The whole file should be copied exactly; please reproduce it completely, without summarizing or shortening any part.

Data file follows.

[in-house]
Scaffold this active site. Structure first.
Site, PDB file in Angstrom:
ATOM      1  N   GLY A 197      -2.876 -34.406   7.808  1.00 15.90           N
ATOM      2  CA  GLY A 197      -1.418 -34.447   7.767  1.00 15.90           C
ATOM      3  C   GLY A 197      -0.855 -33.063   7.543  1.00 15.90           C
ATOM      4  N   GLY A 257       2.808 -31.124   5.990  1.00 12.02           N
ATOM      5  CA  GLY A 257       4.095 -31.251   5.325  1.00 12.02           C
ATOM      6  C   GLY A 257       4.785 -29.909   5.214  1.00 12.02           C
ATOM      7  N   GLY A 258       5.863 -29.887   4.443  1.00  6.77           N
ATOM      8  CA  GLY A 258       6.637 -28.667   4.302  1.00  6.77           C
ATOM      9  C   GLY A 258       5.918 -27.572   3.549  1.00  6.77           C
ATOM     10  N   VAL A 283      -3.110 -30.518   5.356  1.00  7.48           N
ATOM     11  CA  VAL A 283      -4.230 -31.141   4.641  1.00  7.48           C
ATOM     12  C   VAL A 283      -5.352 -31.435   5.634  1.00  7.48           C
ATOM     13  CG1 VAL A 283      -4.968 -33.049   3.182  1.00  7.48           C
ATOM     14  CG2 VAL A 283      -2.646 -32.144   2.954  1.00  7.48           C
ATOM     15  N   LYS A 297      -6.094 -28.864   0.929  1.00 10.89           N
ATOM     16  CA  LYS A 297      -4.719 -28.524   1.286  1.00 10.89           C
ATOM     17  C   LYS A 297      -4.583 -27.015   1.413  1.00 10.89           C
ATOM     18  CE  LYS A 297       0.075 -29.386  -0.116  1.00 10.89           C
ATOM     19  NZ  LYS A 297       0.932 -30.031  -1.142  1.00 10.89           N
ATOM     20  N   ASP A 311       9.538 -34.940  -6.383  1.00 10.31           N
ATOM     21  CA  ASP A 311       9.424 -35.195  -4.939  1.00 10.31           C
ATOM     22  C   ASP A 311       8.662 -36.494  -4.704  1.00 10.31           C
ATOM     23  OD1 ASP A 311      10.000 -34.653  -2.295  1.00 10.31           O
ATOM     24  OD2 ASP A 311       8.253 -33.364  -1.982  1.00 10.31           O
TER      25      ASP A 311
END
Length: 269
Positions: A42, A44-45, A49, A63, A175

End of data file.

[in-house]
Scaffold this active site. Structure first.
Site, PDB file in Angstrom:
ATOM      1  N   GLY A 197      -2.876 -34.406   7.808  1.00 15.90           N
ATOM      2  CA  GLY A 197      -1.418 -34.447   7.767  1.00 15.90           C
ATOM      3  C   GLY A 197      -0.855 -33.063   7.543  1.00 15.90           C
ATOM      4  N   GLY A 257       2.808 -31.124   5.990  1.00 12.02           N
ATOM      5  CA  GLY A 257       4.095 -31.251   5.325  1.00 12.02           C
ATOM      6  C   GLY A 257       4.785 -29.909   5.214  1.00 12.02           C
ATOM      7  N   GLY A 258       5.863 -29.887   4.443  1.00  6.77           N
ATOM      8  CA  GLY A 258       6.637 -28.667   4.302  1.00  6.77           C
ATOM      9  C   GLY A 258       5.918 -27.572   3.549  1.00  6.77           C
ATOM     10  N   VAL A 283      -3.110 -30.518   5.356  1.00  7.48           N
ATOM     11  CA  VAL A 283      -4.230 -31.141   4.641  1.00  7.48           C
ATOM     12  C   VAL A 283      -5.352 -31.435   5.634  1.00  7.48           C
ATOM     13  CG1 VAL A 283      -4.968 -33.049   3.182  1.00  7.48           C
ATOM     14  CG2 VAL A 283      -2.646 -32.144   2.954  1.00  7.48           C
ATOM     15  N   LYS A 297      -6.094 -28.864   0.929  1.00 10.89           N
ATOM     16  CA  LYS A 297      -4.719 -28.524   1.286  1.00 10.89           C
ATOM     17  C   LYS A 297      -4.583 -27.015   1.413  1.00 10.89           C
ATOM     18  CE  LYS A 297       0.075 -29.386  -0.116  1.00 10.89           C
ATOM     19  NZ  LYS A 297       0.932 -30.031  -1.142  1.00 10.89           N
ATOM     20  N   ASP A 311       9.538 -34.940  -6.383  1.00 10.31           N
ATOM     21  CA  ASP A 311       9.424 -35.195  -4.939  1.00 10.31           C
ATOM     22  C   ASP A 311       8.662 -36.494  -4.704  1.00 10.31           C
ATOM     23  OD1 ASP A 311      10.000 -34.653  -2.295  1.00 10.31           O
ATOM     24  OD2 ASP A 311       8.253 -33.364  -1.982  1.00 10.31           O
TER      25      ASP A 311
END
Length: 269
Positions: A42, A44-45, A49, A63, A175